United States District Court, C.D. California
Kevin B. Mam
Present: The Honorable Douglas F. McCormick, United States
CIVIL MINUTES - GENERAL
(IN CHAMBERS) Order to Show Cause
December 19, 2019, Petitioner constructively filed pro se a
Petition for Writ of Habeas Corpus by a Person in State
Custody challenging his conviction for first degree murder
and an enhancement for personally discharging a firearm.
See Dkt. 1 ("Petition") at 2, 23.
was convicted in August 2006 and sentenced in September 2005.
See id. at 38-39. The California Court of Appeal
originally affirmed in full but on rehearing remanded for the
removal of a 10-year gang enhancement, but otherwise affirmed
Petitioner's conviction in May 2008. See
Petition at 44-45; see also Appellate Courts Case
Information, 2nd Appellate District,
(No. B194678). Petitioner petitioned the California Supreme
Court for review; the California Supreme Court denied his
petition on August 20, 2008. See Appellate Courts
years later, on October 20, 2015, Petitioner filed a petition
for writ of habeas corpus in the California Court of Appeal.
See Appellate Courts Case Information, 2nd Appellate
(No. B267642). The Court denied the writ and closed the case
on October 27, 2015. See id.
the Antiterrorism and Effective Death Penalty Act of 1996
("AEDPA"), a one-year limitations period applies to
a federal petition for writ of habeas corpus filed by a
person in state custody. See 28 U.S.C. §
2244(d)(1). Ordinarily, the limitations period runs from the
date on which the petitioner's judgment of conviction
"became final by the conclusion of direct review or the
expiration of the time for seeking such review." LI If a
petitioner files a direct the highest state court but does
not petition for writ of certiorari in the United States
Supreme Court, the CV-90 (12/02) CIVIL MINUTES-GENERAL
Initials of Deputy Clerk: nb conviction becomes final ninety
days after the state court issues its decision. See Bowen
v. Roe, 188 F.3d 1157, 1158-59 (9th Cir. 1999).
Petitioner's conviction became final no later than
November 18, 2008, ninety days after California Supreme Court
denied his petition for review. AEDPA's one-year
limitations period commenced the next day, November 19, 2008
and expired on November 19, 2009. See 28 U.S.C.
§ 2244(d)(1). However, Petitioner did not file the
instant Petition until December 19, 2019. In the absence of
any applicable tolling, it thus appears that the Petition is
untimely by over ten years.
habeas petitioner is entitled to statutory tolling of
AEDPA's one-year statute of limitations while a
‘properly filed application for State post-conviction
or other collateral review with respect to the pertinent
judgment or claim is pending.'” Nedds v.
Calderon, 678 F.3d 777, 780 (9th Cir. 2012) (quoting 28
U.S.C. § 2244(d)(2)). Statutory tolling does not extend
to the time between the date on which a judgment becomes
final and the date on which the petitioner files his first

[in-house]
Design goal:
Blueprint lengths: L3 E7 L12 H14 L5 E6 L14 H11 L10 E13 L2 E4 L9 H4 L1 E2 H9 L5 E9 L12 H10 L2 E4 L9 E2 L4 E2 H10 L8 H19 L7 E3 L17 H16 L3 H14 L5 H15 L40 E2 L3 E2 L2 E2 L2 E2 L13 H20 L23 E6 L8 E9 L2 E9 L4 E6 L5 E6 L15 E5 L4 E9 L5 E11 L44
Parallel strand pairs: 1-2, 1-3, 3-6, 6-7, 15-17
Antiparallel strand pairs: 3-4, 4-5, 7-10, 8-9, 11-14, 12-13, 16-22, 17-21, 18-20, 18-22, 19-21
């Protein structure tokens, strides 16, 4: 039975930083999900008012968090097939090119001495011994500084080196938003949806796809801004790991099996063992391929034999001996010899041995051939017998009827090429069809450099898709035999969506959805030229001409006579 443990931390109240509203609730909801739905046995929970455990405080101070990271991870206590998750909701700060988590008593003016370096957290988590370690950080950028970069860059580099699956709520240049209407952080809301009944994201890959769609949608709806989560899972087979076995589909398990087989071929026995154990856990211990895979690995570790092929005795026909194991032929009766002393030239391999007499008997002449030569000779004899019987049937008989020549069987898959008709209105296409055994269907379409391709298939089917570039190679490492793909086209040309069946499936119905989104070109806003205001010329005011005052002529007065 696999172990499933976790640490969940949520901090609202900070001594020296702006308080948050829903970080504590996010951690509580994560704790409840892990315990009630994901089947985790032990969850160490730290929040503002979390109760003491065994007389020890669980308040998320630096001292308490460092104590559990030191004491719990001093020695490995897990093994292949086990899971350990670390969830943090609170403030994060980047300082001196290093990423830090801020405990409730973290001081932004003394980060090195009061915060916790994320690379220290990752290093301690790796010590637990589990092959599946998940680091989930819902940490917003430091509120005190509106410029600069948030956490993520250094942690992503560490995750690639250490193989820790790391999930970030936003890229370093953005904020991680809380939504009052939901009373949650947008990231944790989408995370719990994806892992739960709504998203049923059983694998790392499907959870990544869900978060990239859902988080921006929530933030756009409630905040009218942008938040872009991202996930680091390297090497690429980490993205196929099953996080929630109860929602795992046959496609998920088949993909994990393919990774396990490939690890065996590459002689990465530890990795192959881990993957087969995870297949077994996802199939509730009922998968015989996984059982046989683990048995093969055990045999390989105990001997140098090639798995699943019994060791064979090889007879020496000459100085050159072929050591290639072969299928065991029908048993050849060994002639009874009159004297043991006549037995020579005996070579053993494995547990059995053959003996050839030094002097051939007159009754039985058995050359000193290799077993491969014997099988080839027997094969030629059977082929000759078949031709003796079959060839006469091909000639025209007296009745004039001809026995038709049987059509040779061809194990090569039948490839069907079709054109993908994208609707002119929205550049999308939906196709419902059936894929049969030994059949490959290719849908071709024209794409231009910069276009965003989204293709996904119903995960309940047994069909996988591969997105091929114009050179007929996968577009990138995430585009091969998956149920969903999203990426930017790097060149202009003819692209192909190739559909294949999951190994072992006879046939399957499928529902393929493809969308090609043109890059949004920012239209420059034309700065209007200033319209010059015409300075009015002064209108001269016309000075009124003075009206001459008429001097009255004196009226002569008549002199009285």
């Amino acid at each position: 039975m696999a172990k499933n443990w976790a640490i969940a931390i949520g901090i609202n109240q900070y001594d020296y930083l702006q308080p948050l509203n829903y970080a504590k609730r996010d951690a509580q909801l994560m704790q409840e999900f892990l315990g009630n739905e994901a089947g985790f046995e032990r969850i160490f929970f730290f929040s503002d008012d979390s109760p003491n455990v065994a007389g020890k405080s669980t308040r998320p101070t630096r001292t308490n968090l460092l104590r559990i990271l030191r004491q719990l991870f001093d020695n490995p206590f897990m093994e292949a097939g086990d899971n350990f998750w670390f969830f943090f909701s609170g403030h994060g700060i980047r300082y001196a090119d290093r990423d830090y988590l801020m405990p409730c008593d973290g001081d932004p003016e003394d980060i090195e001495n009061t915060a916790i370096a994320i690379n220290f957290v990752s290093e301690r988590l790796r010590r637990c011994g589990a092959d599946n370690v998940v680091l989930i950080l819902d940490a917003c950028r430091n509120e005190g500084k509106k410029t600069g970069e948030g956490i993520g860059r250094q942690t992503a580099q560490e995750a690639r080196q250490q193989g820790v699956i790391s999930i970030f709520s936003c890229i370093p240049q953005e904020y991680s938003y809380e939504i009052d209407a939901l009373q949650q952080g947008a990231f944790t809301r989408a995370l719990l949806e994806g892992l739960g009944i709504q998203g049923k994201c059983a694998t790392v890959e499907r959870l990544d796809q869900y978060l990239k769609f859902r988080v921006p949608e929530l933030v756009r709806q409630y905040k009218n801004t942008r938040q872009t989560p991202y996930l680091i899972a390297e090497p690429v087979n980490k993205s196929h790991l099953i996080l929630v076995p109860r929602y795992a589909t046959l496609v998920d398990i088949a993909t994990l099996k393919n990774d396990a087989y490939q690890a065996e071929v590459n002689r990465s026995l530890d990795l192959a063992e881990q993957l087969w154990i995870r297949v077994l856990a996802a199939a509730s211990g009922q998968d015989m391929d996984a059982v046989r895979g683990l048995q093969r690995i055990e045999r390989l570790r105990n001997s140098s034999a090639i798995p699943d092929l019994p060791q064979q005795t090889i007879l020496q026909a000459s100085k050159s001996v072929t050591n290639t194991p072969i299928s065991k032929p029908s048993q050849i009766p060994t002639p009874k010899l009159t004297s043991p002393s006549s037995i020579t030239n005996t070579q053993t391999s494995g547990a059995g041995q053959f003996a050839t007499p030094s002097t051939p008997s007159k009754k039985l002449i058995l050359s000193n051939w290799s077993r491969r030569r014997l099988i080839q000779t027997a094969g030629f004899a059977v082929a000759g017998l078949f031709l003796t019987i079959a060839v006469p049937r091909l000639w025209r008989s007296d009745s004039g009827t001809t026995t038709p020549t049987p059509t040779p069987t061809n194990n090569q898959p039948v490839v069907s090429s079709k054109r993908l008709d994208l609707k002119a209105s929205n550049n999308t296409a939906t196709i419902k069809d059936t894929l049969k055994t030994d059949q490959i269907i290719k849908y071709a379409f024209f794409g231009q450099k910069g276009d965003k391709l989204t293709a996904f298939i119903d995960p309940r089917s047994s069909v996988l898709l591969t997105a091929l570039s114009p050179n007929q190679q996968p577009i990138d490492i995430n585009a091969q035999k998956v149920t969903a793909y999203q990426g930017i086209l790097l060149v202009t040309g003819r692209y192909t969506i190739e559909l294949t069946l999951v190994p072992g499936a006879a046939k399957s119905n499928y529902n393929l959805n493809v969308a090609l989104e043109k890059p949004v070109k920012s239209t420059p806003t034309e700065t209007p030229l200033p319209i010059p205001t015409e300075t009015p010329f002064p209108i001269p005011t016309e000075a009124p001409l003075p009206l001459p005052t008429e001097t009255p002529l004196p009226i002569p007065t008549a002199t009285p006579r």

state collateral challenge because, during that time, there
is no case “pending.” Nino v. Galaza,
183 F.3d 1003, 1006 (9th Cir. 1999).
noted above, Petitioner did not file a petition for writ of
habeas corpus until October 20, 2015. Petitioner is not
entitled to any period of statutory tolling because he did
not file his petition in state court until after the AEDPA
limitations period expired. See Ferguson v.
Palmateer, 321 F.3d 820, 823 (9th Cir. 2003)
(“[S]ection 2244(d) does not permit the reinitiation of
the limitations period that has ended before the state
petition was filed.”).
addition to the statutory tolling provided for by §
2244(d)(2), the “AEDPA limitations period may be
tolled” when it is “equitably required.”
Doe v. Busby, 661 F.3d 1001, 1011 (9th Cir. 2011).
The “threshold necessary to trigger equitable tolling
[under AEDPA] is very high.” Bills v. Clark,
628 F.3d 1092, 1097 (9th Cir. 2010) (alteration in original).
A court may grant equitable tolling only where
“‘extraordinary circumstances' prevented an
otherwise diligent petitioner from filing on time.”
Forbess v. Franke, 749 F.3d 837, 839 (9th Cir.
2014). Here, Petitioner offers no explanation for his failure
to file a habeas petition in a timely manner or contend that
he took any action before the AEDPA limitations period
expired. Petitioner is thus not currently entitled to
based upon the Petition as currently submitted, §
2244(d)(1) appears to bar this action. Petitioner is
therefore ORDERED TO SHOW CAUSE why this action should not be
dismissed as untimely by filing a written response no later
than twenty-eight (28) days after he is served with this
Order. Petitioner is advised to inform the Court of any
reason demonstrating entitlement to statutory or equitable
tolling. Plaintiff may instead request a voluntary dismissal
of this action pursuant to Federal Rule of Civil Procedure
41(a). The Clerk of the Court has attached a Notice of
Dismissal form. Petitioner is expressly warned that any
dismissed claims may be later subject to AEDPA's statute
is warned that his failure to timely respond to this Order
will result in the Court dismissing this action with
prejudice as untimely and ...